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So I’m a New Governor – What Now?

How and Why to Write a Class Rap

If you’re a new governor, particularly if you have had experience of working in schools before those first few meetings can be particularly daunting. Education can be like its own language sometimes that seems to take delight in describing the very simple through the most complicated collection of terms and acronyms possible.

With that in mind, here are five top tips to help you hit the ground running quickly as a new governor.

1) Ask if you can have a mentor from the governing body

Having a mentor or a buddy who’se been on the governing body for some time can be really useful. It means you can ask them openly and honestly about how the governing body works and what the situation at the school is. Plus, it means if you have any questions you don’t have to ask them in front of the main governing body meeting.

 

2) Arrange a time to go into school and chat to staff

You may be a parent governor and you feel you know your way around the school pretty well, but even then it’s a really valuable experience going in to school and chatting to the headteacher and members of staff, and perhaps sitting in on a few lessons as well. There’s no substitute for just seeing how the school works day to day. It’s worth bearing in mind that school often have a policy on govenor visits and it’s good practice to arrange the date and time of your visit with the head.

 

3) Sign yourself up for as many training sessions as possible

Most local authorities run good free training sessions for governors on all kinds of topics. It’s worth signing up for as many of these as you can realistically manage in the early stages. Firstly they’re great ways to learn quickly about some of the key issues you’ll be facing, but also they’re a great opportunity to meet and chat to governors from other schools. Plus you can often get free tea and biscuits!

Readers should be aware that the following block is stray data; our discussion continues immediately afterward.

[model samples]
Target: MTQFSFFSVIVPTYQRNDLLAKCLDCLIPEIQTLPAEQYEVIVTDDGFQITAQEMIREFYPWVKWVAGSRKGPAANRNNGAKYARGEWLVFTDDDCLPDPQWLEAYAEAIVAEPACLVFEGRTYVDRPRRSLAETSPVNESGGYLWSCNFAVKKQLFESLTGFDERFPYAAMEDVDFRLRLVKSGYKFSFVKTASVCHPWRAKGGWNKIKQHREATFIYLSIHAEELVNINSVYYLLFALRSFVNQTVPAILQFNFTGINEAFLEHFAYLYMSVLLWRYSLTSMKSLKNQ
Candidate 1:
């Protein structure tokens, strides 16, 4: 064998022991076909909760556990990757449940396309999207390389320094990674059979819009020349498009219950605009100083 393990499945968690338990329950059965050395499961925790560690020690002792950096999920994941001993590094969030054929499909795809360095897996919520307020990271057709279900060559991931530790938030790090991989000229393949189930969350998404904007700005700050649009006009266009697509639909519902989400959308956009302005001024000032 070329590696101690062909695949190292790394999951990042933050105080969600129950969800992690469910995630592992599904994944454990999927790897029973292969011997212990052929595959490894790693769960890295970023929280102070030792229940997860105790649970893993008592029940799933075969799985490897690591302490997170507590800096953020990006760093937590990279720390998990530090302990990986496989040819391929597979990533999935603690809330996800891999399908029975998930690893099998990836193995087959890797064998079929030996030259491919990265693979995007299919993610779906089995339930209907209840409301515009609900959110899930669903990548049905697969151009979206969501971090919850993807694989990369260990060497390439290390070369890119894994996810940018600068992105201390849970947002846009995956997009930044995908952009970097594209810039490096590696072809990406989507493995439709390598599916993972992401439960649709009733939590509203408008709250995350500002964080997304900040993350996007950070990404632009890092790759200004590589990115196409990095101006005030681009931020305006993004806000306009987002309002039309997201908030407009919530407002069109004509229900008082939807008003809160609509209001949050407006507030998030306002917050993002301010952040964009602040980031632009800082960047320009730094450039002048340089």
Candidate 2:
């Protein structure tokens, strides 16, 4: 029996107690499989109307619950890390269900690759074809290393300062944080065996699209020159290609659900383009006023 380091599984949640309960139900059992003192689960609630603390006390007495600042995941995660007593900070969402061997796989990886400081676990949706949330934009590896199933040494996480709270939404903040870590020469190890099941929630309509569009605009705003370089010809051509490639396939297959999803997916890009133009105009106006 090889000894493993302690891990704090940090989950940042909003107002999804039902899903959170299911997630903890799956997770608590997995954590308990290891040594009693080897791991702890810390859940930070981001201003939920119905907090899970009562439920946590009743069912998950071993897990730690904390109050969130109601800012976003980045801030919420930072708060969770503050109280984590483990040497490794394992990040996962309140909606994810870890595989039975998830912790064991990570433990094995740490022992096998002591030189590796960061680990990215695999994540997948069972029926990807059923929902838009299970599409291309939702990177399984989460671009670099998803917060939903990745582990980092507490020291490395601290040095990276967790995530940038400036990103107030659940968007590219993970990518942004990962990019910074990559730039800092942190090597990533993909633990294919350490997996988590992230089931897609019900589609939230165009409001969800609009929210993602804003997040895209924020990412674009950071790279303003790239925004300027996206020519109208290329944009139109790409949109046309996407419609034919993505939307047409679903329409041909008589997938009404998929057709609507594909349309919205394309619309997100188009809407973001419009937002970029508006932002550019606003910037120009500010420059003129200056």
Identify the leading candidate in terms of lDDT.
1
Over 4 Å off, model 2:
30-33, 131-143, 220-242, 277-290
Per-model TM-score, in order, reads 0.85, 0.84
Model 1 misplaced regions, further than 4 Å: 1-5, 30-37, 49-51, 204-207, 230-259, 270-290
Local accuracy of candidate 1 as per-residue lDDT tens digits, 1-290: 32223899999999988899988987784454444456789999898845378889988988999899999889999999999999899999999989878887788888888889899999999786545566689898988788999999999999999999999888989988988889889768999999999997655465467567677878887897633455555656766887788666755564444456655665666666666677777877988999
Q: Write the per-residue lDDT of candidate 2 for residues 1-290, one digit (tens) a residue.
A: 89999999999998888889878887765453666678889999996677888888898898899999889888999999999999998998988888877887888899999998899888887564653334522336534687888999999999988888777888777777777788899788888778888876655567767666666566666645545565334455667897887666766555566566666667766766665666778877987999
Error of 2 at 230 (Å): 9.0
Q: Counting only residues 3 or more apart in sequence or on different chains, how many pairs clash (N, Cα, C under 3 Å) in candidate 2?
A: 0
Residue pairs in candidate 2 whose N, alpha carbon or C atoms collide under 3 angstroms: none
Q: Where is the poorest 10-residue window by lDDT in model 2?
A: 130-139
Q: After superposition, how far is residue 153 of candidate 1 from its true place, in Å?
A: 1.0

4) Get yourself on some committees and a become a linked governor

The main governing body is where all the big decisions happen, but if you really want to affect things on a nuts and bolts level, this can only be done by joining some of the governing bodies committees. Plus some governing bodies allow you to be linked to a certain subject or area which allows you to specialise in a certain topic. This in particular can be very rewarding. You can go into school and spend some time seeing exactly how that area works and become this governing body’s expert on that topic.

 

5) Look to other sources of information

There is loads of information for governors out there, and here is a far from exhaustive list

  • The Guide to the Law is a very useful resource, but perhaps is a bit dense for bedtime reading! Good, but not recently updated.
  • The DfE have other useful governor resources
  • Teachers TV has many good summary programmes for governors, most lasting just 15 minutes. You can now find them on our website here.
  • Your governing body terms of reference should tell you what each committee is meant to do
  • Your school’s policies should have been ratified by governors, and should represent how they want the school to be run in many of its key aspects
  • The National Governors Association can also be a useful source of advice

Do you have any more top tips? Let me know!

 

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Tom Hesmondhalgh

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